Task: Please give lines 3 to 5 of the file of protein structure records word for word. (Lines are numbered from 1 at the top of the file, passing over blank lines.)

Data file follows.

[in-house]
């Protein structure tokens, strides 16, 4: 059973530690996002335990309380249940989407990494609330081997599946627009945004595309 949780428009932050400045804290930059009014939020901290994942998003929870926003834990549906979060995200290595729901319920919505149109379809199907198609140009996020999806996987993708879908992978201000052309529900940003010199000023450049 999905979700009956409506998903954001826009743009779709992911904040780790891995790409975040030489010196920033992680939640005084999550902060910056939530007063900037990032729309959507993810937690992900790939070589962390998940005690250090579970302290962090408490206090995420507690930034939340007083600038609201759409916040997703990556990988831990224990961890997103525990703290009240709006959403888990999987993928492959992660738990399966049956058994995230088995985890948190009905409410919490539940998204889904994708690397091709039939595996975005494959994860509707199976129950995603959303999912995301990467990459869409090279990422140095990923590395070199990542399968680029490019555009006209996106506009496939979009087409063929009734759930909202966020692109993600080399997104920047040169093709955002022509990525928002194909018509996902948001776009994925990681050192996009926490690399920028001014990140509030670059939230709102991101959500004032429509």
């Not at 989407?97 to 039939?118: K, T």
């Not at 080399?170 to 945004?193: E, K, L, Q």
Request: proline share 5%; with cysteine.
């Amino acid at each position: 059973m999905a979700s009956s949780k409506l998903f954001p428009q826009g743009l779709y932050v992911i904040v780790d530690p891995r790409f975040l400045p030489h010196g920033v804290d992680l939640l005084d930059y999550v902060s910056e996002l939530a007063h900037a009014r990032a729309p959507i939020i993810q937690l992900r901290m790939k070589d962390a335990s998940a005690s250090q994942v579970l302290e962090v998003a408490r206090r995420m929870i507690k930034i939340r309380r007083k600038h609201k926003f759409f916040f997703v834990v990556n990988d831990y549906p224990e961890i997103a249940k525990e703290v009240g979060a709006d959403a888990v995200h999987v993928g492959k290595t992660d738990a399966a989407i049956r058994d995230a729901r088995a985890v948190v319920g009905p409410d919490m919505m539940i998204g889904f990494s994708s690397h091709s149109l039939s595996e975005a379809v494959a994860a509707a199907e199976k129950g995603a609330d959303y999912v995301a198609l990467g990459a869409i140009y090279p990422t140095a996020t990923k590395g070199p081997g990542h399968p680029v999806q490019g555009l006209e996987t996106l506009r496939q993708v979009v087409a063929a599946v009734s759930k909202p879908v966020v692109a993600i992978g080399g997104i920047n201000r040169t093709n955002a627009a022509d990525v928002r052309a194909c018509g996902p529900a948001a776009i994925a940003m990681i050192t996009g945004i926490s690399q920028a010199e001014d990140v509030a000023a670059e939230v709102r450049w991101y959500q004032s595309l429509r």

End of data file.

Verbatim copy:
């Not at 989407?97 to 039939?118: K, T």
């Not at 080399?170 to 945004?193: E, K, L, Q």
Request: proline share 5%; with cysteine.